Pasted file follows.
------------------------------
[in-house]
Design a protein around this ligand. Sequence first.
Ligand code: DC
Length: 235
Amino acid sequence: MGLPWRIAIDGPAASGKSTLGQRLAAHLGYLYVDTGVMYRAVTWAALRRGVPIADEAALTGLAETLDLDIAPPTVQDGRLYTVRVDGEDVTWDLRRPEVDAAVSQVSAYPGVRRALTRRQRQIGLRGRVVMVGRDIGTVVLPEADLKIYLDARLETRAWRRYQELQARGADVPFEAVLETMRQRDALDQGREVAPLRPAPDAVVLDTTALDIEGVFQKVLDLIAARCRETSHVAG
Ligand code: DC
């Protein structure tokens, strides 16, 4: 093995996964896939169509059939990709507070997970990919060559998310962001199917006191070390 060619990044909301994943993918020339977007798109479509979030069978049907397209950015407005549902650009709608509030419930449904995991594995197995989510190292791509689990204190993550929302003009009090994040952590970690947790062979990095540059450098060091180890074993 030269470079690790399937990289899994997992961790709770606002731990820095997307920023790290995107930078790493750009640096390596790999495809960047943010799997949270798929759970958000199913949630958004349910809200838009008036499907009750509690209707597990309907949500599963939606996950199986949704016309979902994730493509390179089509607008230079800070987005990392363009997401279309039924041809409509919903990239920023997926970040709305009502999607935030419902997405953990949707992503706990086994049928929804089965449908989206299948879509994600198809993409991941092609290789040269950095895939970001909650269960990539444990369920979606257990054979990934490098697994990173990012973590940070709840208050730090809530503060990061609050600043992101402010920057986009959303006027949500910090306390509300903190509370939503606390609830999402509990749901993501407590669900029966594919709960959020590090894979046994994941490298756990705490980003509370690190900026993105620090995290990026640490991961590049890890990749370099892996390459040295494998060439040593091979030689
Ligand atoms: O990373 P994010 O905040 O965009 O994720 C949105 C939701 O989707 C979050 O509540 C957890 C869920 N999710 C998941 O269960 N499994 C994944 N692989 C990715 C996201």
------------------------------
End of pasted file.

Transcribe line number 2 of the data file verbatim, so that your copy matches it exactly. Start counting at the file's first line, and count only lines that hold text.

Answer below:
Design a protein around this ligand. Sequence first.